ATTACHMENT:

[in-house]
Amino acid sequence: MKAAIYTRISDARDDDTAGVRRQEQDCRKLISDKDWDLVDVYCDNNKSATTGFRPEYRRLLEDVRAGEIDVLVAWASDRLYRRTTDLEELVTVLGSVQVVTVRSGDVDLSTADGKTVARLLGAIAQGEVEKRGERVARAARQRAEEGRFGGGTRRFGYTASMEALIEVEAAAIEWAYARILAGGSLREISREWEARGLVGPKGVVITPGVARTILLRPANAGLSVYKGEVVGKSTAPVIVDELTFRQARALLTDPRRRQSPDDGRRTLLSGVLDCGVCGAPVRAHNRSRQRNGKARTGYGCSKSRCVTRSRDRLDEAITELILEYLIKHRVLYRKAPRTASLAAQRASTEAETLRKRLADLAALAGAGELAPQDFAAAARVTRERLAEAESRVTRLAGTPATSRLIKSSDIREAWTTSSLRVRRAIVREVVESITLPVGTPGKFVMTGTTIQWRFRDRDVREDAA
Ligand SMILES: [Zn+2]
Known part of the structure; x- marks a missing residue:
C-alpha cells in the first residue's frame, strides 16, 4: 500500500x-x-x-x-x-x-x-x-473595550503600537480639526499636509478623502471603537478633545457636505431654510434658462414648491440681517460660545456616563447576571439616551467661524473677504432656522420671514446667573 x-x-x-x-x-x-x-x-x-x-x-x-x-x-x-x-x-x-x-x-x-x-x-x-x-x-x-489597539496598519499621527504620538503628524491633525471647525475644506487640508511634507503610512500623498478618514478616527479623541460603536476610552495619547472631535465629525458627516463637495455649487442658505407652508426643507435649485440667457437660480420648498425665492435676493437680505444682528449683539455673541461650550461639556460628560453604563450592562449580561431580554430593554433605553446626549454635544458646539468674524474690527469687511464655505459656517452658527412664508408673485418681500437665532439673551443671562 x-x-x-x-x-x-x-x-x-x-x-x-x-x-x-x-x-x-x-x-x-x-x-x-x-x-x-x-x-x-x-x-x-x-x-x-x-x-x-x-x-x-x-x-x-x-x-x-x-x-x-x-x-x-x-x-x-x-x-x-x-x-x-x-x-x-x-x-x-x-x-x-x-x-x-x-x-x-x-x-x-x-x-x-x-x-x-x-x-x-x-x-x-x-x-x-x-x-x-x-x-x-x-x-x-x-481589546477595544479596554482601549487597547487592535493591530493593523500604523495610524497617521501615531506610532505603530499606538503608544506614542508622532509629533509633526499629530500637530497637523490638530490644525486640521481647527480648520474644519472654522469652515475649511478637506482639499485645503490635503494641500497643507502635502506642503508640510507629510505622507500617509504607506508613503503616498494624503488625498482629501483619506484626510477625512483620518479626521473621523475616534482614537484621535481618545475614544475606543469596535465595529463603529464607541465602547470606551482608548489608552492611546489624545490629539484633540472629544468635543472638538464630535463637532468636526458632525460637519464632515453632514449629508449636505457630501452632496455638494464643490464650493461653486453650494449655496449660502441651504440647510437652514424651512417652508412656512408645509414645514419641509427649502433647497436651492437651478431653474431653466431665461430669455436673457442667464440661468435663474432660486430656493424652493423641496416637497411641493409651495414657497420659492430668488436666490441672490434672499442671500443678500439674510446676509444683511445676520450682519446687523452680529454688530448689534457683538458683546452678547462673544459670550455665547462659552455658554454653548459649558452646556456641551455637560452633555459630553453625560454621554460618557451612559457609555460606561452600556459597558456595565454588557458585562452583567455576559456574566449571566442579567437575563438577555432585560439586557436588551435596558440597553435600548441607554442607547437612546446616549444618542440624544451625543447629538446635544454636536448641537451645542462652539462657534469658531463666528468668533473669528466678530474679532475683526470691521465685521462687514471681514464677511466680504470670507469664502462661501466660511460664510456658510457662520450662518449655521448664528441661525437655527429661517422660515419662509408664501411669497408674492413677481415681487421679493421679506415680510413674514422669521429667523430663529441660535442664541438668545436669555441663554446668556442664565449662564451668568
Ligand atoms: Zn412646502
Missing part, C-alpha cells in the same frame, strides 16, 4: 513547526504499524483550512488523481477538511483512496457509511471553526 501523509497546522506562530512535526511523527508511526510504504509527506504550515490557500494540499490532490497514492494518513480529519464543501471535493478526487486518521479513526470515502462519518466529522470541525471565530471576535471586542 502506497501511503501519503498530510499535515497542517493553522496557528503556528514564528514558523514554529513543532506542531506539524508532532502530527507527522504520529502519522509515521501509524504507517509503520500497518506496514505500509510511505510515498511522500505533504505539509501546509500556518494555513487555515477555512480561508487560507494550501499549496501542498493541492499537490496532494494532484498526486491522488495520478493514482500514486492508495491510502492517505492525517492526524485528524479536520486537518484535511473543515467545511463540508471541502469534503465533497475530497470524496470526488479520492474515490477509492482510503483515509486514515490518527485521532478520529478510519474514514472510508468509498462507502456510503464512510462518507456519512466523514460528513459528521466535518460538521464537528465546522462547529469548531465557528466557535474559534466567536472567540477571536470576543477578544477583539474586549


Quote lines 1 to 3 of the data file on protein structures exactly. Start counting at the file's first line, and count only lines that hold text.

[in-house]
Amino acid sequence: MKAAIYTRISDARDDDTAGVRRQEQDCRKLISDKDWDLVDVYCDNNKSATTGFRPEYRRLLEDVRAGEIDVLVAWASDRLYRRTTDLEELVTVLGSVQVVTVRSGDVDLSTADGKTVARLLGAIAQGEVEKRGERVARAARQRAEEGRFGGGTRRFGYTASMEALIEVEAAAIEWAYARILAGGSLREISREWEARGLVGPKGVVITPGVARTILLRPANAGLSVYKGEVVGKSTAPVIVDELTFRQARALLTDPRRRQSPDDGRRTLLSGVLDCGVCGAPVRAHNRSRQRNGKARTGYGCSKSRCVTRSRDRLDEAITELILEYLIKHRVLYRKAPRTASLAAQRASTEAETLRKRLADLAALAGAGELAPQDFAAAARVTRERLAEAESRVTRLAGTPATSRLIKSSDIREAWTTSSLRVRRAIVREVVESITLPVGTPGKFVMTGTTIQWRFRDRDVREDAA
Ligand SMILES: [Zn+2]